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Analysis: Can GPs allow their patients’ data to be shared?



The penalties for sharing data under the Data Protection Act (DPA) are severe. If GPs are held to breach the DPA the Information Commissioner can enforce, by issuing enforcement orders (similar to a court order requiring certain actions) or undertakings (under which GPs would agree to certain actions).  Alternatively the Information Commissioner can issue fines of up to £500,000 for serious breaches of the DPA. 

But under the DPA, there is an exemption for the provision of information required by other legislation. The provisions in the Health and Social Care Act (HSCA) that require GPs to share patient data will be relying on this exemption to say that GPs and others must provide information to the Health and Social Care Information Centre, despite their obligations under the DPA.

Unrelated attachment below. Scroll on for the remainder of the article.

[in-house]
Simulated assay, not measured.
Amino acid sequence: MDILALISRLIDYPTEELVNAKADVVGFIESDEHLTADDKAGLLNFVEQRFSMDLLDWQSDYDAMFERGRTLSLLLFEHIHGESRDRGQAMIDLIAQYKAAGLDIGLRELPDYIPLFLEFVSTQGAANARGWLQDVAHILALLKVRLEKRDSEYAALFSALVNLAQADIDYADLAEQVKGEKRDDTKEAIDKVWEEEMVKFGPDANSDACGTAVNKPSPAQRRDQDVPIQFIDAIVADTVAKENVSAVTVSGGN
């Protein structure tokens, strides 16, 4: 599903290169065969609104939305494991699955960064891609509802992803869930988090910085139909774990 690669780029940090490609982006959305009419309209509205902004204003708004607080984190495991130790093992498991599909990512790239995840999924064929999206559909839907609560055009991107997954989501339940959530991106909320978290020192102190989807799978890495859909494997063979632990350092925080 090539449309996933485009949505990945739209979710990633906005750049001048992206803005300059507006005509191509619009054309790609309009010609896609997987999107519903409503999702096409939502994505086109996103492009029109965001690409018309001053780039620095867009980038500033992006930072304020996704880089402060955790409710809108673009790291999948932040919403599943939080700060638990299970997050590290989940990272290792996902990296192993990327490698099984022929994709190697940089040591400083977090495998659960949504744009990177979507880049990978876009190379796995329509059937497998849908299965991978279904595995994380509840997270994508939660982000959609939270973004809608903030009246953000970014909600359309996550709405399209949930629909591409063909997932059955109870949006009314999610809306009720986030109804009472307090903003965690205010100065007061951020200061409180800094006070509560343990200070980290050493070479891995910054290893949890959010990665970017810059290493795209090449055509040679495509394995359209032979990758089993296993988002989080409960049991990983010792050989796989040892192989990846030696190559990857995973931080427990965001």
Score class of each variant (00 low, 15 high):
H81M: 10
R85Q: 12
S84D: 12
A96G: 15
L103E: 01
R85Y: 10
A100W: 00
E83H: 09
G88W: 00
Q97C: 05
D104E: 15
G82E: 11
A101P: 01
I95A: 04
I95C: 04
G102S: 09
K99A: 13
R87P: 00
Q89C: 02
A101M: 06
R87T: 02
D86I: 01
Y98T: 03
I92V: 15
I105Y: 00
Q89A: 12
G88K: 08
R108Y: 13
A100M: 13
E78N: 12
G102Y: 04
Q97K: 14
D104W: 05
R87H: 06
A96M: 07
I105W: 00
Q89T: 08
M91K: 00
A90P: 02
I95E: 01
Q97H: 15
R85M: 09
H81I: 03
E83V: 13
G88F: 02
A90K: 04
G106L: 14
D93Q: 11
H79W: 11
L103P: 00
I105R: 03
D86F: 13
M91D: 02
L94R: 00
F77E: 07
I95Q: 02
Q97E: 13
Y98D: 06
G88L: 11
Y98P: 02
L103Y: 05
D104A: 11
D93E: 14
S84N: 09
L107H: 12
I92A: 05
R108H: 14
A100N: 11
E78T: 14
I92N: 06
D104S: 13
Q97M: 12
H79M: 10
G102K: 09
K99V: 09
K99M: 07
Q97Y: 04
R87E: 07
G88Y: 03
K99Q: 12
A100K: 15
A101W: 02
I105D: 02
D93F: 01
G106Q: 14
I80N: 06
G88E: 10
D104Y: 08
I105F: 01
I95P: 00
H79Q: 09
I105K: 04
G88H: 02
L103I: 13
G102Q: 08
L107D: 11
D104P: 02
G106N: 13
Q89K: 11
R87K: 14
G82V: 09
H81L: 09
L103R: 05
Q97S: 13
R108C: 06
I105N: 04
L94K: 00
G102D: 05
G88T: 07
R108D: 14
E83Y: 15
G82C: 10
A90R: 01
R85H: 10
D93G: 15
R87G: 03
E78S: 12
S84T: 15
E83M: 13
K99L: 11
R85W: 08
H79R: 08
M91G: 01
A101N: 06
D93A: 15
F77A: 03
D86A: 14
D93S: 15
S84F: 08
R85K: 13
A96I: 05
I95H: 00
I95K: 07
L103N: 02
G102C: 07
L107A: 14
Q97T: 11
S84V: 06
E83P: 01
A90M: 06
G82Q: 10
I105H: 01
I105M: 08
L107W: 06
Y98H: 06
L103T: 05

The exemption in the DPA is a limited one and only applies to the extent that the obligation in the DPA is inconsistent with the Health and Social Care Act (HSCA). So this will mean that GPs will first need to look at the HSCA requirements and then tailor their DPA compliance to meet the HSCA obligations. In effect, the HaSCA obligations overrule some of the DPA obligations.

Nevertheless, GPs have an obligation under the Data Protection Act (DPA) to notify patients of the new sharing arrangement and the DPA is not clear on whether opt in or opt out consent is required, and in fact there could be an argument that, under the DPA, patient consent is not required, as the GPs are required by a legal obligation to provide the information. 

Although this might be a legal argument, the health secretary gave a commitment that patient preferences would be respected in this situation, therefore there is a practice of gaining opt out consent.

In the present situation, given the sensitivity of the information and the confusion, it seems unlikely that the Information Commissioner would carry out any enforcement without some clear guidance on how he sees compliance under the DPA in the light of the new HSCA obligations. 

Hazel Grant is an IT lawyer, specialising in IT procurements and information law at Bristows law firm